Our Ancient Capital (2)

No public statue of an illustrious Irishman until recently ever graced the Irish capital. No monument exists to which the gaze of the young Irish children can be directed, while their fathers tell them, "This was to the glory of your countrymen." Even the lustre Dublin borrowed from her great Norman colonists has passed away. Her nobility are remembered only as we note the desecration of their palaces; the most beautiful of all our metropolitan buildings but reminds us that there the last remnant of political independence was sold; the stately Custom-house, that Dublin has no trade; the regal pile of Dublin Castle, that it was reared by foreign hands to "curb and awe the city."

It is in truth a gloomy task to awaken the memories of Dublin, even of this century. There, in that obscure house of Thomas Street, visions rise of a ghastly night-scene, where the young, passionate-hearted Geraldine was struggling vainly in death-agony with his betrayers and captors. Pass on through the same street, and close by St. Catherine's Church you can trace the spot where the gallows was erected for Robert Emmet. Before that sombre prison pile two young brothers, handsome, educated, and wellborn, and many a fair young form after them, expiated by death their fatal aspirations for Irish freedom. Look at that magnificent portal, leading now to the tables of the money-changers; through it, not a century ago, men, entrusted with the nation's rights, entered to sell them, and came forth, not branded traitors, but decorated, enriched, and rewarded with titles, pensions, and honours.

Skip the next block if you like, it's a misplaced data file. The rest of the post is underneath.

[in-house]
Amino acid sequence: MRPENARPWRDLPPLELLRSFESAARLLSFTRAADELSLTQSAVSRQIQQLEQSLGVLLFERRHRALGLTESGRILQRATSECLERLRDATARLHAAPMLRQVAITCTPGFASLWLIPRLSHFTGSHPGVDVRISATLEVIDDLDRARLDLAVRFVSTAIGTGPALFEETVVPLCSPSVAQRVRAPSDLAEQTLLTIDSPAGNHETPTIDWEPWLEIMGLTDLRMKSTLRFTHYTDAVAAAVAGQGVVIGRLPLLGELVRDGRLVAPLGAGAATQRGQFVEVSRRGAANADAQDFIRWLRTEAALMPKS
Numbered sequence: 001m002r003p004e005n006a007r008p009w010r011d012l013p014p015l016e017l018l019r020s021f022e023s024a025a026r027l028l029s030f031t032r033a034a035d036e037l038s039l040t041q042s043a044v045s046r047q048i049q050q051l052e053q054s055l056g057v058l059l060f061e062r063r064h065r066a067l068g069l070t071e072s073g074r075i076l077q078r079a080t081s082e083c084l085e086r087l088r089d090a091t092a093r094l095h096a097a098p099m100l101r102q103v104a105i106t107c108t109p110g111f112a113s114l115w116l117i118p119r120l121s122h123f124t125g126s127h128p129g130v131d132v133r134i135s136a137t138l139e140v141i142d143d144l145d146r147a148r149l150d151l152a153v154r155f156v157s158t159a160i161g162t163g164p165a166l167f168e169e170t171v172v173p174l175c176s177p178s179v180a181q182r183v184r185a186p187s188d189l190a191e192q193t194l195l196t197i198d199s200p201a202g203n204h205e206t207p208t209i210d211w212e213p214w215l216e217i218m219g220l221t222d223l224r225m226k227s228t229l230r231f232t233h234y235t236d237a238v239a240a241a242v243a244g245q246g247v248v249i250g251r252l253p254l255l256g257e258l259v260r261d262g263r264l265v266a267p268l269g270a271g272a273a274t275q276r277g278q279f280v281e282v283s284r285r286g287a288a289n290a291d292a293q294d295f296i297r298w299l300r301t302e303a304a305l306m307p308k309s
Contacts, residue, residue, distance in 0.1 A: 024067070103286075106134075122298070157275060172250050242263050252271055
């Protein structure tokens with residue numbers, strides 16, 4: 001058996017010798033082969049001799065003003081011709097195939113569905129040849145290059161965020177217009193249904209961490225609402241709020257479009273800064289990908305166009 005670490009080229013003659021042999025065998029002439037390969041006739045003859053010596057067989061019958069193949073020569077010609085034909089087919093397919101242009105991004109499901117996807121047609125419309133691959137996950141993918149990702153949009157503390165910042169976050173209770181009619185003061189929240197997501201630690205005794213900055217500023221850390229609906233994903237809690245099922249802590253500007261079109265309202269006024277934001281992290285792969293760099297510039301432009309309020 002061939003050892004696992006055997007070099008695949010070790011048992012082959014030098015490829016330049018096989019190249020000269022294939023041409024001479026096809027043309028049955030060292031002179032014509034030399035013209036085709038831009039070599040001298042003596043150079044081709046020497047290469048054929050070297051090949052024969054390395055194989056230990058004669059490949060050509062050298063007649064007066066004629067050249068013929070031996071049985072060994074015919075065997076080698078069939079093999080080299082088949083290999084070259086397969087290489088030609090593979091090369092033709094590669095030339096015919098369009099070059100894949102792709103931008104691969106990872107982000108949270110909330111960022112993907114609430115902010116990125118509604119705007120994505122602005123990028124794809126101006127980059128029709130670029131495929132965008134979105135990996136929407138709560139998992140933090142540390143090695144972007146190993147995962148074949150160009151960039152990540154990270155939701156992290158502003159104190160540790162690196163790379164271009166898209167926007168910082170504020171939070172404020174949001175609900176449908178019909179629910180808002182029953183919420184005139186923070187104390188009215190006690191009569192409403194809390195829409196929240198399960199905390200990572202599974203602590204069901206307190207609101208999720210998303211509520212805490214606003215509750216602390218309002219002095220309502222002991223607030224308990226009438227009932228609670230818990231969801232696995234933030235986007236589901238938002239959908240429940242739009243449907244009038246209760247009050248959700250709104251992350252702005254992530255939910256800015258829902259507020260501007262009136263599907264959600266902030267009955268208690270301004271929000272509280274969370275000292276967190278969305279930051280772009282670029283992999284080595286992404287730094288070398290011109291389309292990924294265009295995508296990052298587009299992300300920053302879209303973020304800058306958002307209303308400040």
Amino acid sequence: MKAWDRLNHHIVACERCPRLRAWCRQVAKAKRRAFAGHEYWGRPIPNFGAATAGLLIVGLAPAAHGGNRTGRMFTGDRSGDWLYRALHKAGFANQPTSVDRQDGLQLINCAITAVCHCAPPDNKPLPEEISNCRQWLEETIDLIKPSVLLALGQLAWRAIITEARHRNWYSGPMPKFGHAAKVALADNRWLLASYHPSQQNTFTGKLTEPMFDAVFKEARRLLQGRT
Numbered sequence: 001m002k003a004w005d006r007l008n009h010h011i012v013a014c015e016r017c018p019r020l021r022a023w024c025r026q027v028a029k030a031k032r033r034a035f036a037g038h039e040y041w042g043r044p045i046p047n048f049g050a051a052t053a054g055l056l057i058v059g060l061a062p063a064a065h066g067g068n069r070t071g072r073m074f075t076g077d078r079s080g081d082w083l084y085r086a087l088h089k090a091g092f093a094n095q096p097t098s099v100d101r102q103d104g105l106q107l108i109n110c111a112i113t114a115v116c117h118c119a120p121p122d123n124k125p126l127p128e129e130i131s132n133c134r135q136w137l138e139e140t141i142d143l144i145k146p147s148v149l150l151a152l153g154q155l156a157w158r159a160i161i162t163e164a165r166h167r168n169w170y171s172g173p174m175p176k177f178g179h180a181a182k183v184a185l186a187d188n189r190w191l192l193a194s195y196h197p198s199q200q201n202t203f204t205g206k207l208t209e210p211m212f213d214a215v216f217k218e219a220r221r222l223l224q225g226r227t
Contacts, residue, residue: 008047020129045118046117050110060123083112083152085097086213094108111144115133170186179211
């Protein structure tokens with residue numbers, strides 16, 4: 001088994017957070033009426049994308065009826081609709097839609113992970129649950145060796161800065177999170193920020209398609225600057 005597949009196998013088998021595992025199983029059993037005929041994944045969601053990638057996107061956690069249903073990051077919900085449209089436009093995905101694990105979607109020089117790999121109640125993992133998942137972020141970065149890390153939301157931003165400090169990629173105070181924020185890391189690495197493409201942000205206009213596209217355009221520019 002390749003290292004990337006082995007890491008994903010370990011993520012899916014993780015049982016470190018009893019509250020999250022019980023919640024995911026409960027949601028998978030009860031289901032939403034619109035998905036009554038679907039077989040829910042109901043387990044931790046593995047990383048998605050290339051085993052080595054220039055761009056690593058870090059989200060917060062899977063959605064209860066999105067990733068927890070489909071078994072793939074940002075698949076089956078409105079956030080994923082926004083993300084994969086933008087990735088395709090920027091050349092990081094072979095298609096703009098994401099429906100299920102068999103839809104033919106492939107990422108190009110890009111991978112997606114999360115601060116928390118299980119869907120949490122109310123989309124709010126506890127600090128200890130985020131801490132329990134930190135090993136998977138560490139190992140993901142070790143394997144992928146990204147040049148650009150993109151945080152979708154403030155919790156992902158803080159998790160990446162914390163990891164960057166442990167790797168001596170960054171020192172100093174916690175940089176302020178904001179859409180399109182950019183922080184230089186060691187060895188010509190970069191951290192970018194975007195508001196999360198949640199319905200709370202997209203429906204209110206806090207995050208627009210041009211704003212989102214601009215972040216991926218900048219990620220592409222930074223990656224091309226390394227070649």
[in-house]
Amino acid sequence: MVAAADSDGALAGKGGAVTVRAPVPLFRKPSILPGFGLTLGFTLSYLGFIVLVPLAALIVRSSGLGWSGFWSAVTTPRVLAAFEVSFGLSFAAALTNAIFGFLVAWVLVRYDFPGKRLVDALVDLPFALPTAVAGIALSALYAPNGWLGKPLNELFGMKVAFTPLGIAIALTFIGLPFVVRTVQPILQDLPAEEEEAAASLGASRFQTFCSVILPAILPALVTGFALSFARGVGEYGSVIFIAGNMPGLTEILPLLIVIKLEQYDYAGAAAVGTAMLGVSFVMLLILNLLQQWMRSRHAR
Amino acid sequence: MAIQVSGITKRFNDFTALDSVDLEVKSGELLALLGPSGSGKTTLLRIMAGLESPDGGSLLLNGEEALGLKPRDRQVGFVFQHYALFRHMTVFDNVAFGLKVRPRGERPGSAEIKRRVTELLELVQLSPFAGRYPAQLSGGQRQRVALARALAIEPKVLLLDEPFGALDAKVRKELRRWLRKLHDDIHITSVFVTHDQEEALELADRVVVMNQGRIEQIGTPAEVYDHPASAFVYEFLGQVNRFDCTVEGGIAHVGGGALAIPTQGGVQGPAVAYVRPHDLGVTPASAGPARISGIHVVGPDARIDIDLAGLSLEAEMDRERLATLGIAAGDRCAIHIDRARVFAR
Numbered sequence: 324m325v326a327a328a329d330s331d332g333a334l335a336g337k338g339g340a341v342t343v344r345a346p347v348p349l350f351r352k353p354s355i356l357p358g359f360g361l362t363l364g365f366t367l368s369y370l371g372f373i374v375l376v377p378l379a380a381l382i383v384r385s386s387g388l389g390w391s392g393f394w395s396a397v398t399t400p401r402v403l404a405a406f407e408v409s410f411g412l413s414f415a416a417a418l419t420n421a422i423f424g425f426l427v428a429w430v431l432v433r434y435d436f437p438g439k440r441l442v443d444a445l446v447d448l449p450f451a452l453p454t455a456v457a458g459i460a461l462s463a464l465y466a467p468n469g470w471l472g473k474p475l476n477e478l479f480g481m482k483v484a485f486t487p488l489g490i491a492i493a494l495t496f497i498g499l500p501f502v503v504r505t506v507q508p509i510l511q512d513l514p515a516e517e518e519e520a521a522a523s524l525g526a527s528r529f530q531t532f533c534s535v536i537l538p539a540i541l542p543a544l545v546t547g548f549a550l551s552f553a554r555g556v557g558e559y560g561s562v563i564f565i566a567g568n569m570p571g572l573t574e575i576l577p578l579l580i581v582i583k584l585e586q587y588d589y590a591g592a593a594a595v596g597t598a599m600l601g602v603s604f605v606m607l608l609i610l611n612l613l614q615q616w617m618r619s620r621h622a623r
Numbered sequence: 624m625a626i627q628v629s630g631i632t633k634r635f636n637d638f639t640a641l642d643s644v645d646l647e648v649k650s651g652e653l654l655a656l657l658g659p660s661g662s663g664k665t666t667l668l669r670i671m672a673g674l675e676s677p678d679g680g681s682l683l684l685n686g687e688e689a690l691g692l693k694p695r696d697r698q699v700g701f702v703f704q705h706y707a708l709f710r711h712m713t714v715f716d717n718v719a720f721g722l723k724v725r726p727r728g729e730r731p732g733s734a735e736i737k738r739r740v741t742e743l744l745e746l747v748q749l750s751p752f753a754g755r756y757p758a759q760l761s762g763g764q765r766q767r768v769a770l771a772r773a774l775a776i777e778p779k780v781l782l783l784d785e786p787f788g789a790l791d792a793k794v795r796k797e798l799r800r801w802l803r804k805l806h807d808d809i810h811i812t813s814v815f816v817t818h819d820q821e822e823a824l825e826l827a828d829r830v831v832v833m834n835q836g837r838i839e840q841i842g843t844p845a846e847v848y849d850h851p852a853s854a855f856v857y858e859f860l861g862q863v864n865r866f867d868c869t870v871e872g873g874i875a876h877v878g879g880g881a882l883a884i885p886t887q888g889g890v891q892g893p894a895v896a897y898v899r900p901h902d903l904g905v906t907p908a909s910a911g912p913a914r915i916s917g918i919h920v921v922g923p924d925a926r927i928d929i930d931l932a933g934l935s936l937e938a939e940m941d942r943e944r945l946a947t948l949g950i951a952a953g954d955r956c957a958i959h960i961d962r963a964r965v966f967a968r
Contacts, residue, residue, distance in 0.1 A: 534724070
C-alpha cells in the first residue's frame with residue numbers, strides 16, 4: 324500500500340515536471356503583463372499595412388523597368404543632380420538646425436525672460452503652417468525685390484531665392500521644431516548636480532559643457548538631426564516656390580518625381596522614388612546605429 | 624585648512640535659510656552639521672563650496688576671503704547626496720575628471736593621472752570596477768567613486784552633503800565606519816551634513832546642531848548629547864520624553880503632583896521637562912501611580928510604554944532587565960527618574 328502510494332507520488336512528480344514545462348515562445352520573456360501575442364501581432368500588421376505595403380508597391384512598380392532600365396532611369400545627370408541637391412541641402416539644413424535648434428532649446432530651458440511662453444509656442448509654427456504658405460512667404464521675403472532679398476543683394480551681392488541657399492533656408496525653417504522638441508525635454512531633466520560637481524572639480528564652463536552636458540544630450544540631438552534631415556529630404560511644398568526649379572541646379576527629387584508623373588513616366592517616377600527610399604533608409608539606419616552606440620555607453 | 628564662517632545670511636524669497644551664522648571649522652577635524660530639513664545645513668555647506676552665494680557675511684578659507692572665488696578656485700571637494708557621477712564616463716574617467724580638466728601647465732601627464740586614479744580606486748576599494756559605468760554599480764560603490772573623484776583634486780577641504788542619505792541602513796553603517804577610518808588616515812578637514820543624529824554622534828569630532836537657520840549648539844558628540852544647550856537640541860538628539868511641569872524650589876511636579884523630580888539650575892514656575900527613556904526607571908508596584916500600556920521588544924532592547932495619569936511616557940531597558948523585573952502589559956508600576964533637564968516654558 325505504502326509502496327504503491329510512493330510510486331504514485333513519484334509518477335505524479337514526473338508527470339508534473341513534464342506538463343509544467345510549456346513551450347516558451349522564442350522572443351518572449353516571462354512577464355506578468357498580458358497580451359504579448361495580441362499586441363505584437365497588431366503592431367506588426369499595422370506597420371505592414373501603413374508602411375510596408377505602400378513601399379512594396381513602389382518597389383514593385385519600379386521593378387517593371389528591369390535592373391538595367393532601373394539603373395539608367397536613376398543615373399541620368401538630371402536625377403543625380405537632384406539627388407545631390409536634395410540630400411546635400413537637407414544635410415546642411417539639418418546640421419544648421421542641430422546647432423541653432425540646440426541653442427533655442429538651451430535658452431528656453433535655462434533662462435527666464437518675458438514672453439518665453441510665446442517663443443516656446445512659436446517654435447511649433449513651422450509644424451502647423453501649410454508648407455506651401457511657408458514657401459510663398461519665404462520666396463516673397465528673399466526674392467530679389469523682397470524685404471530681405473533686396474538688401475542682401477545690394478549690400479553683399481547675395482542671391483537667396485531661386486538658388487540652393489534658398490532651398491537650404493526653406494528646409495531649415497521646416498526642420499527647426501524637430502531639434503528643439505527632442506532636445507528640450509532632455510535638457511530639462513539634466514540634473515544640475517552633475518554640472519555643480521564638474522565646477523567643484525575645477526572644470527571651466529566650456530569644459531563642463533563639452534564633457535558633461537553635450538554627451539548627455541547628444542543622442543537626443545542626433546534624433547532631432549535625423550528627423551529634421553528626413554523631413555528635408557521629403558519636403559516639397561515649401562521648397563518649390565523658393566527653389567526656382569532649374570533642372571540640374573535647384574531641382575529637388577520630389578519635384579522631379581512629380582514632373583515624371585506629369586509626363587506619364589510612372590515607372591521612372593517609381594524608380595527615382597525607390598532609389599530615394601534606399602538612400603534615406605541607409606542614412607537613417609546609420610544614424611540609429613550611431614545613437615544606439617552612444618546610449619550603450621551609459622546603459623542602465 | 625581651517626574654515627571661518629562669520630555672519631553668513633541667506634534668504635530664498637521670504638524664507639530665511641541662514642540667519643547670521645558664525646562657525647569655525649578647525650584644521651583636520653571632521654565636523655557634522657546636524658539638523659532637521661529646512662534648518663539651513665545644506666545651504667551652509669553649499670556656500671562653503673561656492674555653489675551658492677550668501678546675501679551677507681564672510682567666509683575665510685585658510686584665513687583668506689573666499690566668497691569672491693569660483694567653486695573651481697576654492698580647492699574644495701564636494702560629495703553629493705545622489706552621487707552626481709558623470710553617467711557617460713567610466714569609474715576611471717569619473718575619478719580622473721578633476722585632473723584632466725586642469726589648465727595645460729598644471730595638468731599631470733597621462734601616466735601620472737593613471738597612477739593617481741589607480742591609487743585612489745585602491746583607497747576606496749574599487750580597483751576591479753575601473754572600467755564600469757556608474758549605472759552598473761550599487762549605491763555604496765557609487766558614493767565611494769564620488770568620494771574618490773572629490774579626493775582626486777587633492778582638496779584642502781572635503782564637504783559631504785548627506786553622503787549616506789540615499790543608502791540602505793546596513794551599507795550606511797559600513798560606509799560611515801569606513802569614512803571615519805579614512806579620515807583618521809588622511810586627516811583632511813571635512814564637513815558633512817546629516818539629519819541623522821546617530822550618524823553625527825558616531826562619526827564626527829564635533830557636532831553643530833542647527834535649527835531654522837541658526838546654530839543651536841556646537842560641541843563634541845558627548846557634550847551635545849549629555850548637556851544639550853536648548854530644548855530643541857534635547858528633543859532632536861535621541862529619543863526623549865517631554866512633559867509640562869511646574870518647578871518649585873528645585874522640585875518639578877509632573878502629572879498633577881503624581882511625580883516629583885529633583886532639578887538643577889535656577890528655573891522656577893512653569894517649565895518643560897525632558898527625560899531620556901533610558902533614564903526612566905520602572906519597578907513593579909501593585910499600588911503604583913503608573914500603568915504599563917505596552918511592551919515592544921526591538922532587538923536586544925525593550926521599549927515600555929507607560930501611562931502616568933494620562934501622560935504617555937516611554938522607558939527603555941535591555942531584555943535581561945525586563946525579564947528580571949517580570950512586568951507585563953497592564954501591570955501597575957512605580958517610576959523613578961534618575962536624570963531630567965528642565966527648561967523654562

Yet the anomalous relation between our country and its capital springs naturally from the antecedents of both. Dublin was neither built by the Irish nor peopled by the Irish; it is a Scandinavian settlement in the midst of a southern nation. Long even before the Norman invasion two races existed in Ireland, as different as the lines of migration by which each had reached it; and though ages have rolled away since Scythian and Southern first met in this distant land, yet the elemental distinctions have never been lost: the races have never blended into one homogeneous nationality. Other nations, like the English, have blended with their conquerors, and progression and a higher civilization have been the result. Roman, Saxon, Dane, and Norman, each left their impress on the primitive Briton; and from Roman courage, Saxon thrift, and Norman pride has been evolved the strong, wise, proud island-nation that rules the world—the Ocean-Rome. A similar blending of opposite elements, but in different proportions, has produced Scotch national character—grave, wise, learned, provident, industrious, and unconquerably independent.